By Eliza Byard
Originally published on Advocate.com October 04 2010 4:02 PM ET
As we come to the end of a very difficult month for all of us who care about LGBT youth, the Gay Lesbian and Straight Education Network has received countless inquiries from members of the LGBT community asking how they can help. At the same time we’ve been asked if the recent surge in media reports of suicides is a sign of a new crisis or of media waking up to a longstanding problem. The truth is we really don’t know. What is going on is complex and there are no simple answers.
What we do know is that anti-LGBT bullying has long been a severe public health crisis, especially during the back-to-school season. The consequences of school environments where nearly nine out of 10 LGBT youth are harassed each year because of their sexual orientation have been real and severe for a very long time. (Be alert for signs of depression and suicidal ideation and provide hot line info or referrals. The Trevor Lifeline is (866) 4-U-Trevor.)
The time has come for all members of the LGBT, allied, and school communities to come together to do their part to address the culture of bullying and harassment in our nation’s schools and the hugely negative impact it has on our youth. The urgency is profound and the response must be collective.
As concerned friends, family, and community members and engaged and allied students, we must do our part to help at-risk youth now. Studies show that when a young LGBT person knows she or he has adult support — a teacher, nurse, guidance counselor, or parent — the individual is much more likely to turn to them for help when bullied or depressed. This support frees youth from feelings of isolation.Those who work in schools must show visible support for LGBT students: attend a gay-straight alliance meeting, discuss October’s LGBT History Month in the classroom, and be visible allies during the upcoming Ally Week (October 18–22). All school personnel must work together to help young people understand the deep impact of words and actions as well as to recognize depression and suicidal thoughts among their peers. By helping young people take responsibility for their actions and respect their peers — and simultaneously empowering them with the knowledge and skills they need to understand when their classmates are in crisis — we can work toward ending the dual epidemics of school bullying and youth suicide once and for all.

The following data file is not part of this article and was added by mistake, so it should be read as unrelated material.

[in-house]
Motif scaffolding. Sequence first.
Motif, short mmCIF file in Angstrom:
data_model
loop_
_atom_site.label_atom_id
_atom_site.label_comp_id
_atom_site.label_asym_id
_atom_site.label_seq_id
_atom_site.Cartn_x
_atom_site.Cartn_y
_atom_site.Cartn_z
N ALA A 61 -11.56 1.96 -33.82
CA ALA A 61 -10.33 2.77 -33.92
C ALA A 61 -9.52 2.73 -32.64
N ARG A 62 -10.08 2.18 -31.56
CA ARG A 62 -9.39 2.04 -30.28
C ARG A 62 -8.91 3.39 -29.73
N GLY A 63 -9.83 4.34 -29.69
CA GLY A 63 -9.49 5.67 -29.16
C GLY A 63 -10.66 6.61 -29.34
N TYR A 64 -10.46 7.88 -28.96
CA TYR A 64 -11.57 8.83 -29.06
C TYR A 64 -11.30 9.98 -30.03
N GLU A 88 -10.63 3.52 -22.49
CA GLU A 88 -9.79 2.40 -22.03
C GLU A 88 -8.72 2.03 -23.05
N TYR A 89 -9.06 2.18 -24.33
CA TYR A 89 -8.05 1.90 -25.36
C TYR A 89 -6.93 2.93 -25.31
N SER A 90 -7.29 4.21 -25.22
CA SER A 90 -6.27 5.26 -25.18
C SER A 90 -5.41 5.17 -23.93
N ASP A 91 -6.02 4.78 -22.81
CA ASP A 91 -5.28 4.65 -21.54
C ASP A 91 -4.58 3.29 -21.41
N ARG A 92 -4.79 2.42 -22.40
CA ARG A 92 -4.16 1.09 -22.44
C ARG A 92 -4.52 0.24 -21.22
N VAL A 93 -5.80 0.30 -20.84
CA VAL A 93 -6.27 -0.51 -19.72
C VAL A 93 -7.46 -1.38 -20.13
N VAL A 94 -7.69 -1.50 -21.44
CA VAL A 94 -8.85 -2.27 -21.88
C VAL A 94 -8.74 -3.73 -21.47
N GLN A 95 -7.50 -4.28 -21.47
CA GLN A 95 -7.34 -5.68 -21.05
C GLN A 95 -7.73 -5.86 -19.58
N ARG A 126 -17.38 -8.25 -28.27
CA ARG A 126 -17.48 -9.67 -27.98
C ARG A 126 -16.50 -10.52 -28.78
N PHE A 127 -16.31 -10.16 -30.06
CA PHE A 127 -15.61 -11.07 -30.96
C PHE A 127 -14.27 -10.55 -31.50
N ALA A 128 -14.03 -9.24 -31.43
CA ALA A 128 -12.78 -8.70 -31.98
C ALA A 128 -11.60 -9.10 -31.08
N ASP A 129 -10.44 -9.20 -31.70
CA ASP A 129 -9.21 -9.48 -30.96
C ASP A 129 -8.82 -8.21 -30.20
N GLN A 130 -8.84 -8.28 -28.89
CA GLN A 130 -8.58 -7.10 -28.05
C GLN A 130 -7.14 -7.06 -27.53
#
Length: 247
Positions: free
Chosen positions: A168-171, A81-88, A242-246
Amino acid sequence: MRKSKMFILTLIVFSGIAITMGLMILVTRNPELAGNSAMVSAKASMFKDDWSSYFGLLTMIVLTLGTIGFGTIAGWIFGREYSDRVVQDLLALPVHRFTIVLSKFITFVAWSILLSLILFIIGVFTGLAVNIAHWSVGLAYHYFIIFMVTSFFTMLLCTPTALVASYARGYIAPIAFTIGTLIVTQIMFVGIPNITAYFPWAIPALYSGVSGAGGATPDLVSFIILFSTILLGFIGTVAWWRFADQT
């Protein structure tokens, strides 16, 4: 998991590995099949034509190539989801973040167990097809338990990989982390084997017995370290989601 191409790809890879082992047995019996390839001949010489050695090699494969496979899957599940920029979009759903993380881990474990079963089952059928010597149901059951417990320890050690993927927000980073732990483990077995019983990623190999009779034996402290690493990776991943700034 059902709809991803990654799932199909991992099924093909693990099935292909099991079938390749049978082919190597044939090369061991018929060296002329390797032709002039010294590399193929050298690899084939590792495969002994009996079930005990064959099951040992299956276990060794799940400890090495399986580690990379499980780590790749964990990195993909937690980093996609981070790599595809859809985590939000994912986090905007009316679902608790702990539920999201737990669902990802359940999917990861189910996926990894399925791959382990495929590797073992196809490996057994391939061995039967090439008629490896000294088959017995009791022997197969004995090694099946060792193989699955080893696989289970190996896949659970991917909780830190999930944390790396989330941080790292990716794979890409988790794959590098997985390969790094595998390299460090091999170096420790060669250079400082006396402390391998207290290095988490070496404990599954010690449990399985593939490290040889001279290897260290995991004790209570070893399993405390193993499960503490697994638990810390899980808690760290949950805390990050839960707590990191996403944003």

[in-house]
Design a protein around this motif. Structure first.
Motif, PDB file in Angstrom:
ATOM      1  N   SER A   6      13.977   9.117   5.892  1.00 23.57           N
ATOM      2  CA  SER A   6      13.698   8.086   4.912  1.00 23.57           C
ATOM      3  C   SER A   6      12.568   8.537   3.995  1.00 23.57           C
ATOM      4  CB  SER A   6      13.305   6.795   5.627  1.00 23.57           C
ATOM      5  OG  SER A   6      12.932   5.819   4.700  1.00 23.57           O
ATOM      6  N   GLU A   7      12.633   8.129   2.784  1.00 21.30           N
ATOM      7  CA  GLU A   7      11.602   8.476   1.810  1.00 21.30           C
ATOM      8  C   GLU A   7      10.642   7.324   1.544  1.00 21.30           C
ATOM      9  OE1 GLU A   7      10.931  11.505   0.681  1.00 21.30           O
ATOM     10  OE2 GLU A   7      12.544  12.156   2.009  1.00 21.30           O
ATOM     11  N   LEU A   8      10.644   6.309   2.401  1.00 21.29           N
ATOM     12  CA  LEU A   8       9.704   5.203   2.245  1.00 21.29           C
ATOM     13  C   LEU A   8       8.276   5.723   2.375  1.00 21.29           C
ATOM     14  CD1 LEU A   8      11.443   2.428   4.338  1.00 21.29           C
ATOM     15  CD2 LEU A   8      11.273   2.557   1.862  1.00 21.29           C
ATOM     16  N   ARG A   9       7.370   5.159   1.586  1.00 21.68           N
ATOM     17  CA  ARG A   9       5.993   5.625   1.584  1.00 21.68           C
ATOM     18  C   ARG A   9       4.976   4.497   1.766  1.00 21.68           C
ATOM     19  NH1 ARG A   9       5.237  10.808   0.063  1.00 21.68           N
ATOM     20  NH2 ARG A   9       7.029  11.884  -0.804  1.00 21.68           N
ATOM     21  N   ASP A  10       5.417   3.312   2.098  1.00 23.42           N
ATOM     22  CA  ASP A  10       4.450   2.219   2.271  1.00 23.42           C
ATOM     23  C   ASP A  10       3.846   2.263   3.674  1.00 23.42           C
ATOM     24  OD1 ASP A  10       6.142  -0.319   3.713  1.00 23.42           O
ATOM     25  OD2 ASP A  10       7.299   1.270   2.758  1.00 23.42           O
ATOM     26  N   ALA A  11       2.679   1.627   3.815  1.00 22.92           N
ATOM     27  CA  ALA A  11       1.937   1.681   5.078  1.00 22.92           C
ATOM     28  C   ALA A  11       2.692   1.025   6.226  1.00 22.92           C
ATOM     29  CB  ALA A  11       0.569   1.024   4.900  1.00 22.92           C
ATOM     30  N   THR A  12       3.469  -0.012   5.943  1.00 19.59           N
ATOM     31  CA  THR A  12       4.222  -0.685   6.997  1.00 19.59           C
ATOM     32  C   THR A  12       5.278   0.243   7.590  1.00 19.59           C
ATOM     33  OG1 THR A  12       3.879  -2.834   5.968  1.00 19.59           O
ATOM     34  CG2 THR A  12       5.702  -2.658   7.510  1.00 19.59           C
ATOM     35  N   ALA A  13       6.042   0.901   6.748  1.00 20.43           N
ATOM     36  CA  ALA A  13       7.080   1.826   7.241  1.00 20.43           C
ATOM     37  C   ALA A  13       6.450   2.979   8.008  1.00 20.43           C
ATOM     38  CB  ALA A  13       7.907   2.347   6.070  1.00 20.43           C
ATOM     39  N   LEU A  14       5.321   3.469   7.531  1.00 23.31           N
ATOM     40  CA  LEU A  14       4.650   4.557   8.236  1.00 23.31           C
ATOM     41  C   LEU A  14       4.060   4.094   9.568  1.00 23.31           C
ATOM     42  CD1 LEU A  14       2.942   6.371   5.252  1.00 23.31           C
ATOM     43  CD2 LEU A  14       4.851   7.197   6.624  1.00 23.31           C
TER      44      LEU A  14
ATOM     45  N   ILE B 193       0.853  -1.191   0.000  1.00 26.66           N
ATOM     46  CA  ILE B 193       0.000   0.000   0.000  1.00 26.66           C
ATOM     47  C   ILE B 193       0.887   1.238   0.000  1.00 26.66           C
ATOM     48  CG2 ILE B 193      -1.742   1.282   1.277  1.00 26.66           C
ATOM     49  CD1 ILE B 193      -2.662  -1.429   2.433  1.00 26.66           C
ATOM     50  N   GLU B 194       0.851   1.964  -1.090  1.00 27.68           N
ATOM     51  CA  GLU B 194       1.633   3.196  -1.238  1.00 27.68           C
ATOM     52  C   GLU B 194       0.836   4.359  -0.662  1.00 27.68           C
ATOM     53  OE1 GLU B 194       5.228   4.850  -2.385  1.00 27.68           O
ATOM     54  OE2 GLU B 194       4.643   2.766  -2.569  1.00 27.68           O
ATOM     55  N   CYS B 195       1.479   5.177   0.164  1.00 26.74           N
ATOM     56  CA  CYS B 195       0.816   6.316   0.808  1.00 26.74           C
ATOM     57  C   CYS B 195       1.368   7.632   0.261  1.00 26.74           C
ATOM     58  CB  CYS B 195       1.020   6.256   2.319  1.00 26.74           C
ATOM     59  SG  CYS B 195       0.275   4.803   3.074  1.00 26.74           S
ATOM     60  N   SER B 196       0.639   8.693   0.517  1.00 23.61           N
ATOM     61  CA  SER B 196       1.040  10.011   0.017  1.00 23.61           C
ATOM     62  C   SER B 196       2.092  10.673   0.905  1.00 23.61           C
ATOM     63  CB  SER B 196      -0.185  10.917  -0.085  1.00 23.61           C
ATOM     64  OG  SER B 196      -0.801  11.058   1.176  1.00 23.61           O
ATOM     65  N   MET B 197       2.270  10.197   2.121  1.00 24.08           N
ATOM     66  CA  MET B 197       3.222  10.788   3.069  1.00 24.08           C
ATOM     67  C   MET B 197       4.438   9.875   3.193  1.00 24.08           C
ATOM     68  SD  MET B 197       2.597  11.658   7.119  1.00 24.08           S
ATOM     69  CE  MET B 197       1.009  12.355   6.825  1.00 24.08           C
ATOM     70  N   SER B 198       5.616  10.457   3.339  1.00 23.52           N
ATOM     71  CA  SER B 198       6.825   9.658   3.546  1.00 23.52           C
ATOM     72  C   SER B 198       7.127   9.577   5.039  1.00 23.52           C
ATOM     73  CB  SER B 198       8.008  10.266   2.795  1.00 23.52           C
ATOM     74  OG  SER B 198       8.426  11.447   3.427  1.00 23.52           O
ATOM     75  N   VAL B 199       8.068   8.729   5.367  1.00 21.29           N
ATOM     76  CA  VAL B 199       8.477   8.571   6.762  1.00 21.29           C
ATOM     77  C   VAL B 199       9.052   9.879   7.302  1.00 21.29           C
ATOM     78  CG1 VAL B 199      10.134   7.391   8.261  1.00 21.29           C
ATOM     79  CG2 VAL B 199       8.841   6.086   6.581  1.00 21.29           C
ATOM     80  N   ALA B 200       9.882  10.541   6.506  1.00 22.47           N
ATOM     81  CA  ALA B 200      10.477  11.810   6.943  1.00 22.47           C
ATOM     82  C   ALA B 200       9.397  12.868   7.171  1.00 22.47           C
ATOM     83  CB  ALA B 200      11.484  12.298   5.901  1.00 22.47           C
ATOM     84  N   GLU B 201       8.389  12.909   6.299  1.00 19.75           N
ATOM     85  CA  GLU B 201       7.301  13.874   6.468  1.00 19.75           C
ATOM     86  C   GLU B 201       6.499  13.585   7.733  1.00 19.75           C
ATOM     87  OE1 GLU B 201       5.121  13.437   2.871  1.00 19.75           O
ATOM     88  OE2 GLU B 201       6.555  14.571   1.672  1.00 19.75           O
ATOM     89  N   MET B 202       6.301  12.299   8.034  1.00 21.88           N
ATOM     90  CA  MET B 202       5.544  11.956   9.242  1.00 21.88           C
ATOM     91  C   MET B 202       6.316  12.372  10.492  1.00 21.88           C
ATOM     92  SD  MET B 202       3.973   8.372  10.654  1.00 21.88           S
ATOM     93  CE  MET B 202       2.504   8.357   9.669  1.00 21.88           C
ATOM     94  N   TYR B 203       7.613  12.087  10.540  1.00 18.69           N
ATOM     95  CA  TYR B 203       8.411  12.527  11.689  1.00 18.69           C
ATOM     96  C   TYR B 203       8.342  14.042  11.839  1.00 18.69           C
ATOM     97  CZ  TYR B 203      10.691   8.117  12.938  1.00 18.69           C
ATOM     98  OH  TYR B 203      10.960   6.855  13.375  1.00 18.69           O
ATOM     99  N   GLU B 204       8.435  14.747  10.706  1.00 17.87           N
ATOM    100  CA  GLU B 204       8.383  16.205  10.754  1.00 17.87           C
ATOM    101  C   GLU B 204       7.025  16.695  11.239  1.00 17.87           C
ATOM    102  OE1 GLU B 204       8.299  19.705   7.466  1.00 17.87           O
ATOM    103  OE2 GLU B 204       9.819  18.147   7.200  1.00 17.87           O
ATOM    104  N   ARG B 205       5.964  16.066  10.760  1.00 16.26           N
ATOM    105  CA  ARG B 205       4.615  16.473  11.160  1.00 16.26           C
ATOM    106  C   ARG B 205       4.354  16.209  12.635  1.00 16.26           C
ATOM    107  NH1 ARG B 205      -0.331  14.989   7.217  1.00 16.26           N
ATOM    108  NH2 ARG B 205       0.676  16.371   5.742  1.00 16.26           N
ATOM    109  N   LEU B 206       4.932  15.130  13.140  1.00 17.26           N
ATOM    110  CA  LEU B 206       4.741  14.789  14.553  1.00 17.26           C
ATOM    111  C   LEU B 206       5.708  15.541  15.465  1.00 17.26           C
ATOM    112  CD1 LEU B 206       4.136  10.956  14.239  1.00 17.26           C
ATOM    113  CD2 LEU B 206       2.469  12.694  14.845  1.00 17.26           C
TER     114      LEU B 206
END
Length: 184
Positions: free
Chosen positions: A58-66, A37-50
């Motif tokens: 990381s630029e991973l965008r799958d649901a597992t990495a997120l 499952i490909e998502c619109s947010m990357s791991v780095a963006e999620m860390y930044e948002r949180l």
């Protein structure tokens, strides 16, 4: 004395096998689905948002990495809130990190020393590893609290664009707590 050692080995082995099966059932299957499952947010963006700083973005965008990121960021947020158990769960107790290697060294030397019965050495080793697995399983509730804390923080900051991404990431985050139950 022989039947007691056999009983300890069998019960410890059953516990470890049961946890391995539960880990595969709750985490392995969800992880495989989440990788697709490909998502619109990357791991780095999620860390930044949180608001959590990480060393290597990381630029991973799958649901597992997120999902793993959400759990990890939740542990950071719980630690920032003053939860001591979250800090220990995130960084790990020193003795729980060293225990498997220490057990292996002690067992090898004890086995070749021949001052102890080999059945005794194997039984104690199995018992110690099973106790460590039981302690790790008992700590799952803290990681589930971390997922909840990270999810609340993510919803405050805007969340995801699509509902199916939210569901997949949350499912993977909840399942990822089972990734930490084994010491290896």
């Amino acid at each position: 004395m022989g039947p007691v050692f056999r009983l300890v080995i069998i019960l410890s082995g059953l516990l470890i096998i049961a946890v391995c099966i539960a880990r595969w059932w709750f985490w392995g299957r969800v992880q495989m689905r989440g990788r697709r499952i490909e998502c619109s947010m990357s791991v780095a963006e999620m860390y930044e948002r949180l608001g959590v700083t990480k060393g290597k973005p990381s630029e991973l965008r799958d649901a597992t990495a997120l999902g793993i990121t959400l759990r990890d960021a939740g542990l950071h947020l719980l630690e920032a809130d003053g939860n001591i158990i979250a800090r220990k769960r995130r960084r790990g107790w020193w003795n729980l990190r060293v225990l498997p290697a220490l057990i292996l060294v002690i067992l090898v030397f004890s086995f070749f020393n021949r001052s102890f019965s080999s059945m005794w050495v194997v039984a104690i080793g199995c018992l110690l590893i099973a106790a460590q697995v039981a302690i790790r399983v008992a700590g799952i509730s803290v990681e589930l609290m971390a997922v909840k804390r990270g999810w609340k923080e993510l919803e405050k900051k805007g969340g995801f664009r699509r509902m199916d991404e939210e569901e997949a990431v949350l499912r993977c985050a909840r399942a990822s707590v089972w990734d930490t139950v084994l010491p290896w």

We also need federal leadership in support of a culture of respect in all schools. There is important federal legislation pending in Congress to comprehensively address school bullying, the Safe Schools Improvement Act, and to prohibit discrimination against students based on sexual orientation and gender identity and expression, the Student Non-Discrimination Act. Schools must also work to end bullying by implementing inclusive policies and training educators on how to effectively intervene in anti-LGBT harassment, teaching students to respect and help one another, and ensuring that all students know how to reach out to a peer who may be in crisis.
We can all make a difference in young people’s lives. There are a few simple things we can do to show support for LGBT youth in need. Community members can ask schools what resources and supports they have in place for LGBT students, and support those schools that have taken important steps to improve school climate. We must also be active in our local school boards — and respond when those opposed to inclusive environments for LGBT students make their voices heard. And we can all make sure that youth know that there are things they can do to bring positive change in their schools and communities by alerting them to the things they can do now.
The horrible tragedies reflect the growing need to teach respect for all in our diverse society. That can begin now, in communities, schools, and at home by recognizing and addressing the needs of LGBT youth and letting them know they are not alone.